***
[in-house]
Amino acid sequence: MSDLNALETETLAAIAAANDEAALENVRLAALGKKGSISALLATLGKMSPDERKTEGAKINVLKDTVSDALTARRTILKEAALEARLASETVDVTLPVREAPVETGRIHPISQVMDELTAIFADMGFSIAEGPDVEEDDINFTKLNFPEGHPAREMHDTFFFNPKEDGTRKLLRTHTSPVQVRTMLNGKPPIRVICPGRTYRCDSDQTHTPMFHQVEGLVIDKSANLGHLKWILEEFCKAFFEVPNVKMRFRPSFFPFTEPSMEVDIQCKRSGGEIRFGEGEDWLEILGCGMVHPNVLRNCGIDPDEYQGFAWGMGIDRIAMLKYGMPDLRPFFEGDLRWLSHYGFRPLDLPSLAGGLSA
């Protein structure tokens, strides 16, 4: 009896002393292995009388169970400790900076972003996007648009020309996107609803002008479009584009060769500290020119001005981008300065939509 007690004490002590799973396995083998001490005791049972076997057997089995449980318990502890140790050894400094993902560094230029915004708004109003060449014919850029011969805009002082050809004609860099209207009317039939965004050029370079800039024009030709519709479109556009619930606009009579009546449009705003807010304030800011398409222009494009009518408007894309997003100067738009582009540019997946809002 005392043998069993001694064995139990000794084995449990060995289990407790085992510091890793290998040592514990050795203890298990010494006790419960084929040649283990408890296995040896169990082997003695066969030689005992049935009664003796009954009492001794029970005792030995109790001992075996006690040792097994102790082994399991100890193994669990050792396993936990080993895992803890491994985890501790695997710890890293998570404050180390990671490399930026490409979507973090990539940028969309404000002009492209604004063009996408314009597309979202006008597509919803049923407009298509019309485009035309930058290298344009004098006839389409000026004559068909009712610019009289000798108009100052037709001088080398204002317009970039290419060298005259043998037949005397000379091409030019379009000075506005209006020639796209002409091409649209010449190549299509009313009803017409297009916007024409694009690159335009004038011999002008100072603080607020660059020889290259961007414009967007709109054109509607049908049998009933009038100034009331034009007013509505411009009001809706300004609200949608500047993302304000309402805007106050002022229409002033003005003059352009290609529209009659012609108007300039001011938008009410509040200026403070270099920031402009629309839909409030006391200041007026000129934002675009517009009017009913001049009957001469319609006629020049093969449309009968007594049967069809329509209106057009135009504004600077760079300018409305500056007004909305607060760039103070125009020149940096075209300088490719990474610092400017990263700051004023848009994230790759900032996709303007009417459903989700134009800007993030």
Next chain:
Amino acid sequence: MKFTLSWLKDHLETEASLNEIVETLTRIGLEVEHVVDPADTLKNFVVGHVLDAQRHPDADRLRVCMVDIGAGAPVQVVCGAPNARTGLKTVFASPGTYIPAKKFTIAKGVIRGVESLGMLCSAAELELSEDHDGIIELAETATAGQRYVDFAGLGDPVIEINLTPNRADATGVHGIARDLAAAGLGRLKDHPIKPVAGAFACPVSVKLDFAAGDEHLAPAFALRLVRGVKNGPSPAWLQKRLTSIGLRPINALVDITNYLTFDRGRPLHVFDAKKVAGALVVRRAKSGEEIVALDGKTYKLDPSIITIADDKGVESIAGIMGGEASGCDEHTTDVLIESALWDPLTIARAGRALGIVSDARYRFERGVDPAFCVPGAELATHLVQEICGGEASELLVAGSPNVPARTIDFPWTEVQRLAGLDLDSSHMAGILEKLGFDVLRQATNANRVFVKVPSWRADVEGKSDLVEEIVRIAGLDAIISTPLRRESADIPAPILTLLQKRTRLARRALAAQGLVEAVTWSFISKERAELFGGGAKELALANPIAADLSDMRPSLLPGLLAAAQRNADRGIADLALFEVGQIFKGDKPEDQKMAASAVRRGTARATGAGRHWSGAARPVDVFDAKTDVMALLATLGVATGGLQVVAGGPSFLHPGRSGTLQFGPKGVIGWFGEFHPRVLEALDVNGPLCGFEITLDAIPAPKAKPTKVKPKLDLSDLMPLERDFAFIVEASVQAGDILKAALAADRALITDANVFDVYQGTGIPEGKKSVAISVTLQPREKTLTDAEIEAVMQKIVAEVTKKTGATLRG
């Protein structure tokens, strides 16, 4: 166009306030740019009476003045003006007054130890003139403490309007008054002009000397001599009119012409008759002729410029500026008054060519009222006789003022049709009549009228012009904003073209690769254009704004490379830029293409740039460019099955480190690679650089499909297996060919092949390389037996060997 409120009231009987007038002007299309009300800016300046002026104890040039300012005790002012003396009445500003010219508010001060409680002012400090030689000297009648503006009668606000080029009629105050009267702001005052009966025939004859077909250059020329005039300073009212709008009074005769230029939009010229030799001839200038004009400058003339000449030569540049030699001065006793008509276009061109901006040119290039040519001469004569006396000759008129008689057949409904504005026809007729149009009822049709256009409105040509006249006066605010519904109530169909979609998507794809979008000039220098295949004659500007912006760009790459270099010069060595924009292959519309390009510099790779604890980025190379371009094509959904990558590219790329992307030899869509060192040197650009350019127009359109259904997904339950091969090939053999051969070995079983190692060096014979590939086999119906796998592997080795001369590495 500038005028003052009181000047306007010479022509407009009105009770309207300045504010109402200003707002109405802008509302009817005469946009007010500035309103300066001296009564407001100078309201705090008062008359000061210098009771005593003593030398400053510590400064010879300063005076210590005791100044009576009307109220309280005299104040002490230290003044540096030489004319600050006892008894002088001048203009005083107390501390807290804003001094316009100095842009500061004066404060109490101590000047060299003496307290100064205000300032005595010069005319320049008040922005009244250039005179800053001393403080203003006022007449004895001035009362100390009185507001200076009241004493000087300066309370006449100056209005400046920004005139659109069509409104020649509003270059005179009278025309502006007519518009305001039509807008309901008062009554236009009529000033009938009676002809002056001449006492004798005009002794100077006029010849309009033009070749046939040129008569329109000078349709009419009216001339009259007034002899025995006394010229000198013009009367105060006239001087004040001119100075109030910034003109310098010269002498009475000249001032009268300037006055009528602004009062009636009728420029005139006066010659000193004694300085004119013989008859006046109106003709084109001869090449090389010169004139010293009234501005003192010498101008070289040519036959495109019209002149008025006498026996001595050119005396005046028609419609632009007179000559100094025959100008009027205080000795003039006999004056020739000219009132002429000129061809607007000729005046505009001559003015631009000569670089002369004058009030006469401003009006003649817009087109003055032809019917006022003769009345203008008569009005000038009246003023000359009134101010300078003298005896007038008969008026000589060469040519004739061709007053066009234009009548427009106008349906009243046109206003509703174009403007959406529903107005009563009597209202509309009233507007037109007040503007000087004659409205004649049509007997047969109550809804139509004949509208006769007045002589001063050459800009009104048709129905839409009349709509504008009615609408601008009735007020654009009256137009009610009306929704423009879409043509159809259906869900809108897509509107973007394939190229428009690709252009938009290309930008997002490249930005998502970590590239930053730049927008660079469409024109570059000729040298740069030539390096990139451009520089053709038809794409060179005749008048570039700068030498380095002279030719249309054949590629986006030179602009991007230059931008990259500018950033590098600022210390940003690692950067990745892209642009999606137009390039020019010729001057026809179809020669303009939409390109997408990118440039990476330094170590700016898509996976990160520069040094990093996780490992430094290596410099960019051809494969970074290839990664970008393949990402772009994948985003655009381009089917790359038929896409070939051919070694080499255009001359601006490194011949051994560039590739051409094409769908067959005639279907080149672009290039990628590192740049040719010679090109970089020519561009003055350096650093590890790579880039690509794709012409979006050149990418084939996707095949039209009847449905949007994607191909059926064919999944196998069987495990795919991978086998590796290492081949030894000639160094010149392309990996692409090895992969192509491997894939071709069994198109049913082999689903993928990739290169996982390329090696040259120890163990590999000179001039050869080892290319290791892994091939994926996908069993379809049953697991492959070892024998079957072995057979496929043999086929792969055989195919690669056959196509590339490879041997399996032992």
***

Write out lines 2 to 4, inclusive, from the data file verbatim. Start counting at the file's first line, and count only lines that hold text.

Amino acid sequence: MSDLNALETETLAAIAAANDEAALENVRLAALGKKGSISALLATLGKMSPDERKTEGAKINVLKDTVSDALTARRTILKEAALEARLASETVDVTLPVREAPVETGRIHPISQVMDELTAIFADMGFSIAEGPDVEEDDINFTKLNFPEGHPAREMHDTFFFNPKEDGTRKLLRTHTSPVQVRTMLNGKPPIRVICPGRTYRCDSDQTHTPMFHQVEGLVIDKSANLGHLKWILEEFCKAFFEVPNVKMRFRPSFFPFTEPSMEVDIQCKRSGGEIRFGEGEDWLEILGCGMVHPNVLRNCGIDPDEYQGFAWGMGIDRIAMLKYGMPDLRPFFEGDLRWLSHYGFRPLDLPSLAGGLSA
């Protein structure tokens, strides 16, 4: 009896002393292995009388169970400790900076972003996007648009020309996107609803002008479009584009060769500290020119001005981008300065939509 007690004490002590799973396995083998001490005791049972076997057997089995449980318990502890140790050894400094993902560094230029915004708004109003060449014919850029011969805009002082050809004609860099209207009317039939965004050029370079800039024009030709519709479109556009619930606009009579009546449009705003807010304030800011398409222009494009009518408007894309997003100067738009582009540019997946809002 005392043998069993001694064995139990000794084995449990060995289990407790085992510091890793290998040592514990050795203890298990010494006790419960084929040649283990408890296995040896169990082997003695066969030689005992049935009664003796009954009492001794029970005792030995109790001992075996006690040792097994102790082994399991100890193994669990050792396993936990080993895992803890491994985890501790695997710890890293998570404050180390990671490399930026490409979507973090990539940028969309404000002009492209604004063009996408314009597309979202006008597509919803049923407009298509019309485009035309930058290298344009004098006839389409000026004559068909009712610019009289000798108009100052037709001088080398204002317009970039290419060298005259043998037949005397000379091409030019379009000075506005209006020639796209002409091409649209010449190549299509009313009803017409297009916007024409694009690159335009004038011999002008100072603080607020660059020889290259961007414009967007709109054109509607049908049998009933009038100034009331034009007013509505411009009001809706300004609200949608500047993302304000309402805007106050002022229409002033003005003059352009290609529209009659012609108007300039001011938008009410509040200026403070270099920031402009629309839909409030006391200041007026000129934002675009517009009017009913001049009957001469319609006629020049093969449309009968007594049967069809329509209106057009135009504004600077760079300018409305500056007004909305607060760039103070125009020149940096075209300088490719990474610092400017990263700051004023848009994230790759900032996709303007009417459903989700134009800007993030």
Next chain: